Beast movie: How far would a father go to protect his daughters from a vengeful and murderous lion in the South African savannah?
Beast is as much a story about the father who will go to any lengths to defend his children from threat and harm, and what happens when we switch the perspective and see how a patriarch may act when his family has been brutally murdered and taken away from him.
There are two protagonists in Beast, Idris Elba who plays Dr Nate Samuels and the ‘rogue 600lb Lion’ who is the ‘Beast’ in the film. For this writer, both their story arcs run concurrently in the film.
Like all well-written movie villains, the audience at times will empathise with the ‘Beast’. His whole ‘Pride’ was brutally wiped out by unscrupulous poachers, who we are told, will decapitate, and sell off lion teeth, skin and other parts to the highest bidder. This back story for why the ‘Beast’ is systematically hunting down and killing ‘man’ gives a plausible reason for his rampaging killing spree. The film rightly depicts the poachers as brutal and heartless and it’s a satisfying point in the film when they get their just desserts. Many will understand, though possibly not quite forgive the Beast’s actions.
Elba’s character Dr Nate Samuels is a recently widowed husband who returns to South Africa on a long-planned trip to a game reserve with his daughters. The family are still grieving the mother’s loss after she died from cancer, and they embarked on this trip to attempt to reconnect with the memories of her and to heal their now fractured relationship. But what begins as a journey of healing jolts into a fearsome fight for survival.
Sometimes the rustle in the bushes actually is a monster. But is it a lion, or man?
Playing Samuels’ two teenaged daughters are Iyana Halley (The Hate U Give) as his 18-year-old daughter Meredith and Leah Jeffries (Empire series) as 13-year-old, Norah. The younger daughter particularly stood out as a likeable, witty and quick-thinking adolescent. This left the typical teenaged, angsty and awkward performance to the older daughter, who blames her father for not being there during her mother’s cancer illness and not keeping to his word that everything would be alright. This burden of guilt likely weighs heavily on Samuels and explains why he is so driven, perhaps much more than usual, to this time, protect his family from danger.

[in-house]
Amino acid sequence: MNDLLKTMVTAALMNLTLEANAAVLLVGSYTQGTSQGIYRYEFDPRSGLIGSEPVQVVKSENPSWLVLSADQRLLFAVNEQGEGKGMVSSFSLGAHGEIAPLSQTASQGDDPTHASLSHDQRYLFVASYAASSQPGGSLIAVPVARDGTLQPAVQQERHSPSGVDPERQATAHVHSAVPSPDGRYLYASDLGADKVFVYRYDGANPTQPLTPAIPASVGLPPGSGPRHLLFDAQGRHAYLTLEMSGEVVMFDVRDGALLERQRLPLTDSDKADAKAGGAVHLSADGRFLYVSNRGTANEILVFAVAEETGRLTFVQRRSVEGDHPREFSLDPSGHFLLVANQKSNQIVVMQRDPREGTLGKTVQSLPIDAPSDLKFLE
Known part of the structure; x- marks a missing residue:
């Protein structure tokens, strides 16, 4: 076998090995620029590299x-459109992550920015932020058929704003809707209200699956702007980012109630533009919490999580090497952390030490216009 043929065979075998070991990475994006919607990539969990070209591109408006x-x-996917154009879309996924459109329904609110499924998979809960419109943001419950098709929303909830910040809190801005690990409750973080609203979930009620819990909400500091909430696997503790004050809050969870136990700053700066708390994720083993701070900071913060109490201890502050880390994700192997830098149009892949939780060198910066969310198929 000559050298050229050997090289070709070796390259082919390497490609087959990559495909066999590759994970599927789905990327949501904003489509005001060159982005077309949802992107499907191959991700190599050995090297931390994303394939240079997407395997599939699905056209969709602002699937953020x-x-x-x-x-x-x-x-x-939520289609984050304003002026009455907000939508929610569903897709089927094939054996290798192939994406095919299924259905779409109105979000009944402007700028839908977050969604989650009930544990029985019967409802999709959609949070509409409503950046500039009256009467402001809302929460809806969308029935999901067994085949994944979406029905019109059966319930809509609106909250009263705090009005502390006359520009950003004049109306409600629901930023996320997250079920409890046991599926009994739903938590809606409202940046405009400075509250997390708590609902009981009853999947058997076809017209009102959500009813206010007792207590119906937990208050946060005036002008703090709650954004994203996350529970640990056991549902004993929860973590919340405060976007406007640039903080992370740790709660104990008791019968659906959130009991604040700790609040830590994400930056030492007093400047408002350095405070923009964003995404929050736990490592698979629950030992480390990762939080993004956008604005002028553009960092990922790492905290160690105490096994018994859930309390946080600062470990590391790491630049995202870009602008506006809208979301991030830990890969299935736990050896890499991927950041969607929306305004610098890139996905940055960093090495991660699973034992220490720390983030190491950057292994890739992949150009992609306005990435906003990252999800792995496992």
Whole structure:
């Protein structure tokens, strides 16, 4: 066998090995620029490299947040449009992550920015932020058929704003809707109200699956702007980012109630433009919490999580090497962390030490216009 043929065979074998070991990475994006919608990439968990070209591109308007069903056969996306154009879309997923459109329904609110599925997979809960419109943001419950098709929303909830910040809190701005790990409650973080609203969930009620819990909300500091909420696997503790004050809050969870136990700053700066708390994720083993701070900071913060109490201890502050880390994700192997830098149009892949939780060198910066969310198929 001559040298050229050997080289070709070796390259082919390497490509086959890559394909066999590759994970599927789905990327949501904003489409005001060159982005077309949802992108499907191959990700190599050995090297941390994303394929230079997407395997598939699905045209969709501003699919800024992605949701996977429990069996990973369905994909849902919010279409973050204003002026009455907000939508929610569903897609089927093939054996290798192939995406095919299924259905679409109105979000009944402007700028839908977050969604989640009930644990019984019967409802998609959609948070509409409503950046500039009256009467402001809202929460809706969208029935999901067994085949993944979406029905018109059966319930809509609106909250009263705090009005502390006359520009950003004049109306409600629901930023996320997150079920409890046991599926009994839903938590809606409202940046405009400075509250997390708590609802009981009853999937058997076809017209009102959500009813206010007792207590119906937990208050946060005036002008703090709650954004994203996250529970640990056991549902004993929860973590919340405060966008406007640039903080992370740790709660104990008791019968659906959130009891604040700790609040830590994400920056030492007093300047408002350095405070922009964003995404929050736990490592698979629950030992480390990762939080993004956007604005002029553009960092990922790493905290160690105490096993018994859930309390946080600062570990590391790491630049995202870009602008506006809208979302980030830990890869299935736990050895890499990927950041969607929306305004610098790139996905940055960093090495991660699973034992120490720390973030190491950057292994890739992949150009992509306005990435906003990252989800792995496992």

Rounding out the main cast is Martin Battles played by Sharlto Copley (Maleficent), an old family friend and wildlife biologist who manages the game reserve. In addition to being Samuels’ best friend, who originally introduced him to his wife, Martin is passionate about protecting the lions and has a very special long-lasting relationship with them. We also discover that he will go to any lengths to protect the lions from the poachers.
Beast follows in the genre of films like Jaws and perhaps Predator, which centre around the premise of a vengeful animal who will relentlessly seek out and attack their prey. Expect gore, guts and plenty of jumping out of your skin moments! The final showdown between Samuels and the lion is particularly gruesome, fans of Elba may want to look away at this point because he is shredded, and not in a good way!
While the script is quite light on rich dialogue and you will end up wanting to scream at the characters to “wind up that darn window” or “for goodness’ sake, shut that front door”, much like we still do today watching a Scream movie, Beast feels like a classic animal thriller in the making, with a topical message. Sometimes the rustle in the bushes actually is a monster. But is it a lion, or man?
Beast is out in UK cinemas from 26 August 2022.